'We the People' teams head to state finals tomorrow Schools & Kids, posted by Editor, Pleasanton Weekly Online, on Feb 5, 2008 at 10:23 pm
Three Pleasanton teachers will again lead their government and civics classes to Sacramento tomorrow for two days of intense testifying on constitutional issues before legislators, judges and others in the state's annual "We the People" competition.
Read the full story here Web Link posted Tuesday, February 5, 2008, 6:31 PM
Posted by Rita, a resident of another community, on Feb 6, 2008 at 7:15 pm
Anyone familiar with this so called competition knows that many of the judges are AVHS alumni so it is no surprise that AVHS always does so well. This so called wonderful experience has been heart breaking for many other more qualified teams across the state due to the connections that exist at the California state level for the Amador teams. Good luck to both PUSD teams but don't be surprised if AVHS pulls off another win with their well connected powers.
Posted by jane, a resident of the Amador Estates neighborhood, on Feb 6, 2008 at 11:24 pm
Have you watched all the teams? Have you gone to the competition? Are you speaking from fact, or are you just speaking from hearsay? Have you gone to see Amador or Foothill or Irvington at competitions. Please don't belittle the hard work and efforts the students or our community have put in to their classes. You are accusing people of cheating and that is unfair and unfounded. It sounds as if you are making excuses for other teams. SHAME ON YOU!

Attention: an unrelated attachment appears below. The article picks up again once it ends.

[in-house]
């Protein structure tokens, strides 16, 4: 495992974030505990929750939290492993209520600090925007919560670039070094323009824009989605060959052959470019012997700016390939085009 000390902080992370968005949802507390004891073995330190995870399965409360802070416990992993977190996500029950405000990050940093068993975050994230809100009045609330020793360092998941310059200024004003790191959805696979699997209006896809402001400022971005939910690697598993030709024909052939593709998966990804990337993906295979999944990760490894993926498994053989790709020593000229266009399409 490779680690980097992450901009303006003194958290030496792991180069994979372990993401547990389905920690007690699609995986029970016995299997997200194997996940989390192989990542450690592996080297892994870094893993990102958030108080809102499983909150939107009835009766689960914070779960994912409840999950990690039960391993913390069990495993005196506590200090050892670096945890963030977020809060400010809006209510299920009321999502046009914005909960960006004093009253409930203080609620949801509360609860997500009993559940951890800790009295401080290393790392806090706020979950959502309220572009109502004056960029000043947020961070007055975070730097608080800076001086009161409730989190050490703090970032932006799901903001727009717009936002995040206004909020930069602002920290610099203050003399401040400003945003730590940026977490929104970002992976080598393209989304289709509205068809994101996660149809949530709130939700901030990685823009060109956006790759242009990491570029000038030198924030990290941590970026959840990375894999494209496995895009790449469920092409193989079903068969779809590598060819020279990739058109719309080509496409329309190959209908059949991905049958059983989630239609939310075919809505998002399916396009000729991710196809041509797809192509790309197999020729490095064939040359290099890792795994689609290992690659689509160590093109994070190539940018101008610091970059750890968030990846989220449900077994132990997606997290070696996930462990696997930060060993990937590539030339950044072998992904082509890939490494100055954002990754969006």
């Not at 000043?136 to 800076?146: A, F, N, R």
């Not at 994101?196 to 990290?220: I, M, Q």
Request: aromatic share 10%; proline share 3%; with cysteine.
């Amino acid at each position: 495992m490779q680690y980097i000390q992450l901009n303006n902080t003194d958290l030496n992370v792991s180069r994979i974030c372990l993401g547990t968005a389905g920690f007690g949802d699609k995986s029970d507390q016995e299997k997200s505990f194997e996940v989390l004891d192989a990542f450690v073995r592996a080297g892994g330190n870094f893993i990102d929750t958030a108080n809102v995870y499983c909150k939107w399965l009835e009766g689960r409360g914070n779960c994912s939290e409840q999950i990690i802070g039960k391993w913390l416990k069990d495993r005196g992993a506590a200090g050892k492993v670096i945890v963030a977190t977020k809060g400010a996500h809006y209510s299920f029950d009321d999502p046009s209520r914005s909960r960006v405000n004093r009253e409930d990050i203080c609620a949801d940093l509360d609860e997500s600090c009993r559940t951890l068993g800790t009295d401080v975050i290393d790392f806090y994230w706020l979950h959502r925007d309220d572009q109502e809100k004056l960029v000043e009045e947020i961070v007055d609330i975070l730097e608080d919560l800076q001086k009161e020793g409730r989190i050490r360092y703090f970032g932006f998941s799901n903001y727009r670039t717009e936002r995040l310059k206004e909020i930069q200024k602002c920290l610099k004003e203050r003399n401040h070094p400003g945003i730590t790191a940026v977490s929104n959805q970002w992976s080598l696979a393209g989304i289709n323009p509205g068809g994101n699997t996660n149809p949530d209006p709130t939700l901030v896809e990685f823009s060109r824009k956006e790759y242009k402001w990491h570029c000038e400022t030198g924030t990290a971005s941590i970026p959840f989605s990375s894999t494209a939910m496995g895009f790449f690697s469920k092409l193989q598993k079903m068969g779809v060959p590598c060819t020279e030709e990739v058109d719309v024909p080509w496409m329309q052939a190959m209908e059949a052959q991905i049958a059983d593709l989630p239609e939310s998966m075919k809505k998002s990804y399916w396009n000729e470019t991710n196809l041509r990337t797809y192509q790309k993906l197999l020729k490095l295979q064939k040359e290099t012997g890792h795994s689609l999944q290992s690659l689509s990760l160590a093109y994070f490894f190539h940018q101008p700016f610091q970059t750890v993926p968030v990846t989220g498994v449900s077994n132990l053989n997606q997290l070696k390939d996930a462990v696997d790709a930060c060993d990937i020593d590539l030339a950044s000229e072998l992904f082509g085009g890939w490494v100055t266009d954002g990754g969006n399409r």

Posted by Rita, a resident of another community, on Feb 7, 2008 at 5:24 am
In answer to the questions posed by Jane above, yes to all 4 of your questions. Also, I did not in my statement belittle the endless studying and research put in by the students in this academic program. Don't be so naive as to believe that there is not an unfair advantage in this arena, it has been an embaraasing issue for several years at the state level. Perhaps this year the judges used will represent a larger cross section of the state and teams will be scored fairly. Good luck to all 12 teams!
Posted by a FHS alum, a resident of another community, on Feb 7, 2008 at 6:04 am
As a member of last year's Foothill team I embarrassed by the comments from Rita above. I was heartbroken that we didnt make the final four last year and we felt robbed. I swallowed my pride and went watch the final four teams at the state capitol. I was very impressed by Amador's team, and they were clearly the best team in the competition. I still believe we should have been in the final four but we were not one of the two top teams. I was rooting for them at the awards ceremony and was happy they won, although our teacher took us home early and we could not see the winners announced. I also attended the practice Amador held for the public before they left for nationals, and they were incredible.We were judged by 18 judges in the morning and 18 new judges in the afternoon on the day. My participation in the program was the highlight of my high school years and in life we must realize that we cant make up excuses for the successes of others. If I was not attending college so far away, I would be in Sacramento supporting my school. Go Falcons
Posted by Cheryl Cook-Kallio, a resident of the Jensen Tract neighborhood, on Feb 7, 2008 at 4:44 pm
I am disturbed about the tenor of some of the posts above. Last year I had a parent respectfully ask how the kids could have done so well and
not make finals. I have enclosed my response. The competition is fun. It is fun to win but that is not why we, as teachers, do this. It is because we all end up with participatory citizens. The negative comments above diminish the effort of the students and the teachers who work so hard!
Dear Mr. and Mrs. Parent,
Thank you so much for your gracious and kind words. It is difficult for me to put into words what your children mean to me and I am grateful that it is apparent to you all.